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Defecating in Vietnam, Venezuela & Italy

Defecating in Vietnam, Venezuela & Italy

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Published by Anthony St. John

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Published by: Anthony St. John on Mar 04, 2012
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My Second Premonitory Communiqué from the Horrendously Enfeebled Italy: Defecating in Vietnam, Venezuela & Italy

My dear reader, have you ever had to defecate in an unnatural, for you, setting? Relieving oneself by artificial means in the jungles of Vietnam—on the borders of the Kingdom of Cambodia and Laos— was what one should have expected from soldiers serving with an infantry company, they having been often inserted post-haste there, for maybe days or weeks, by helicopters because roads did not exist. We all had been issued an entrenching tool which served to dig foxholes (angular, not circular), clear out underbrush and dig out a small hole into which we excreted and then tossed in the toilet paper used to wipe ourselves. Sometimes grunts even covered the hollow with the dirt they had just before excavated. In the event we were short on supplies because bad weather prohibited helicopters from entering an LZ (landing zone) near our position, we used leaves taken from the trees we went surreptitiously behind for some privacy in the expands of Asian Nature and away from our comrades. Sad, too, was the fact that sundry packs which included an array of things such as toothpaste, cigarettes and toilet paper, would often have been stolen in BC (base camp) by conniving supply personnel to sell after on the black market. It was not unusual to brush our teeth with salt because no CREST toothpaste had arrived. In BC facilities were somewhat more civilized. Throughout unit areas, there were small “outhouses” made of wood and fenced in with screening to keep mosquitoes and flies out. There was a planked piece of wood with two holes in it and through which were dropped one's feces. The fecal matter fell into cut-down oil barrels which later would be collected by sanitary staff who eventually poured some combustible into the huge cans, set fire to them, and ensured that no disease from them could contaminate the troops. It was said that the Air Force in Vietnam had running toilet water for their personnel, but I never had the opportunity to use those services. F.T.A. !!! In Venezuela, I happed upon another uncanny habit performed by all people in Caracas and which I, too, would practice for the almost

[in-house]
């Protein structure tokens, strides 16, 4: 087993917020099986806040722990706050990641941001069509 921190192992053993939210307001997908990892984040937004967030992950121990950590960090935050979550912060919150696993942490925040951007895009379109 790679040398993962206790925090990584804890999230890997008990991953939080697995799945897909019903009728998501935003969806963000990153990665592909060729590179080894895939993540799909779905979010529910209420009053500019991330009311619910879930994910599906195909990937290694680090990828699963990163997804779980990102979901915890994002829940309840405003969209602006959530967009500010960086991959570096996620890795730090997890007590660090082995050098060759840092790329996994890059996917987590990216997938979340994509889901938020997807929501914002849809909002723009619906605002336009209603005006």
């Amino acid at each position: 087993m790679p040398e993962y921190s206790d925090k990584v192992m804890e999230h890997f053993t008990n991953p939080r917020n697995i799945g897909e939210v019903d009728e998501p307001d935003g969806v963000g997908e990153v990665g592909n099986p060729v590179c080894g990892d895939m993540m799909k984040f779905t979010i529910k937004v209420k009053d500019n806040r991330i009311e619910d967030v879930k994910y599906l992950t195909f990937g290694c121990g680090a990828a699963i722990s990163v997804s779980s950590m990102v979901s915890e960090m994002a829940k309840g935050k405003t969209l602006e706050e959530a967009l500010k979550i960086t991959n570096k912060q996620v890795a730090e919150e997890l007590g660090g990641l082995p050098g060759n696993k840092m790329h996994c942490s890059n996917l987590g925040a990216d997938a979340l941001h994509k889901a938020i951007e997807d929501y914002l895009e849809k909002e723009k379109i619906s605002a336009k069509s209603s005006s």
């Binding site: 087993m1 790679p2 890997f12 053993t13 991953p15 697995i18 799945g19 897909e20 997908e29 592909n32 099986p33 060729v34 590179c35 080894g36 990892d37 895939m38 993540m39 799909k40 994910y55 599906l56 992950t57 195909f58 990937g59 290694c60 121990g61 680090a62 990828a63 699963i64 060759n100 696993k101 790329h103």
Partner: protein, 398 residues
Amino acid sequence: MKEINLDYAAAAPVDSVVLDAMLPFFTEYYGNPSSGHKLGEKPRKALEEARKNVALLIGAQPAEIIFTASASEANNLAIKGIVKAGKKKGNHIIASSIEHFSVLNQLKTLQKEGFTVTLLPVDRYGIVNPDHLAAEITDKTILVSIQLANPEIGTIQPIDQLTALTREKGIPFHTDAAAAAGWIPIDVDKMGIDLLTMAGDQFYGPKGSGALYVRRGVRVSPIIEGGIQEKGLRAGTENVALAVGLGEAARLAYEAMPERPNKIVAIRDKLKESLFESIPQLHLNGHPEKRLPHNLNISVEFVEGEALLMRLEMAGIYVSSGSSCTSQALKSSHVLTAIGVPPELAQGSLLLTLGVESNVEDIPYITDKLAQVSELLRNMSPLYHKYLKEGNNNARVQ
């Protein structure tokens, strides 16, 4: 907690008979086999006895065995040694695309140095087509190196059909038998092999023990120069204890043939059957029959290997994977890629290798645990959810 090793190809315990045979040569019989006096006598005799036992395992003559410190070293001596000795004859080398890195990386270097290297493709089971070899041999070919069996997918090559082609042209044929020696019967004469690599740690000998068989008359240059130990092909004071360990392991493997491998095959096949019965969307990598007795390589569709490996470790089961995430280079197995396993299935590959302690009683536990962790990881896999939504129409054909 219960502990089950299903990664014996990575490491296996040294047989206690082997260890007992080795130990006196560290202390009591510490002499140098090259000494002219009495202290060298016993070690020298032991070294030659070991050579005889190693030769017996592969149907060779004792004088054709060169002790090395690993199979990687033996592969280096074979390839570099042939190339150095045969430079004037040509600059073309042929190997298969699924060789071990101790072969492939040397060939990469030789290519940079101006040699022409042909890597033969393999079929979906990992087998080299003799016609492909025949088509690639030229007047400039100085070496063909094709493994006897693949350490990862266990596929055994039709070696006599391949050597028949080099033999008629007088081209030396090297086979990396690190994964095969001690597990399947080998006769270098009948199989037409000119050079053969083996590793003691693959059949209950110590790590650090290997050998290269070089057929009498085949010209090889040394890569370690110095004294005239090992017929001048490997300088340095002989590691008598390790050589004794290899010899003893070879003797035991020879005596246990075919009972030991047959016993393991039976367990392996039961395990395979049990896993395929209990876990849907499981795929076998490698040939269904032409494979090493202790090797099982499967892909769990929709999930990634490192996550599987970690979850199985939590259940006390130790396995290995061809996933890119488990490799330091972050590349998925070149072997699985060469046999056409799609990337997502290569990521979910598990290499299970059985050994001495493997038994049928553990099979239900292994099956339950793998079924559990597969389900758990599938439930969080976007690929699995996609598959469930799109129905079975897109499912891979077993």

eight years that I lived in that city. On the first day, when I had taken up residency in La Florida, a hop, skip and a jump from La Cada supermarket—once the property of the Rockefeller family—my Spanish landlady, Carmen, came screaming to me after I had used the bathroom: I had made an intolerable error: I had unknowingly flushed the toilet with the discarded toilet paper in it and had not placed that used sanitary material in the basket, lined with an orange plastic bag with a green alligator printed on it—set next to the toilet. I could not understand why Carmen was shouting so, so I ran to the telephone, called Lucia, and asked her to calm down Carmen and tell me what I was guilty of. Lucia ironed out the confusion, and from then on, for eight years, I put used toilet paper in baskets settled, throughout Caracas, in restrooms in restaurants, in theatres, in homes, in schools, in bars and even in the privy of the offices of the Ministro de Información y Turismo, Diego Arria, a young Mitt Romney type who had been selected by the Central Stupidity Agency to be president of Venezuela one day and who walked with a cane because he had been run over by his wife's Mercedes-Benz (with her in it!) when Diego had been found to be cheating on her. Italy is still another “laxation chronicle.” In my apartment and its environs, where I have lived since 1985, strange things began to happen in the autumn of last year. For one, five street diggings have been made in the street on which I live in order to mend broken water pipes and cut off or soaked telephone and/or cable lines. In fact, one of these interventions was the second in the same place where it, supposedly, had been repaired the first time. During this same interval, the sewage system in my bathroom began to back up with the result that I now cannot egest in the commode for fear it will flood the bathroom floor. I use a potty. My dear reader, I must flashback here for a minute: When I moved into my apartment in Calenzano it subsequently took one year and a half to install the telephone cables from the street to my abode! The prime minister at that time, Bettino Craxi, had to finally intervene on my behalf. There is terrible waste and corruption in the building of homes in Italy. New ones are often constructed shoddily. Which reminds me that my friend in Siberia, Professor Alexey Aleksandrovich Fedorov, at Novosibirsk University, who has an apartment that was built in the Soviet era, complains, too, about the tawdry building practices of this time in Russia's history. He is proud to have a well-built Soviet lodging. All of Europe is talking about Italy's €2,000,000,000,000 debt, but no one has calculated in the additional cost that would amount in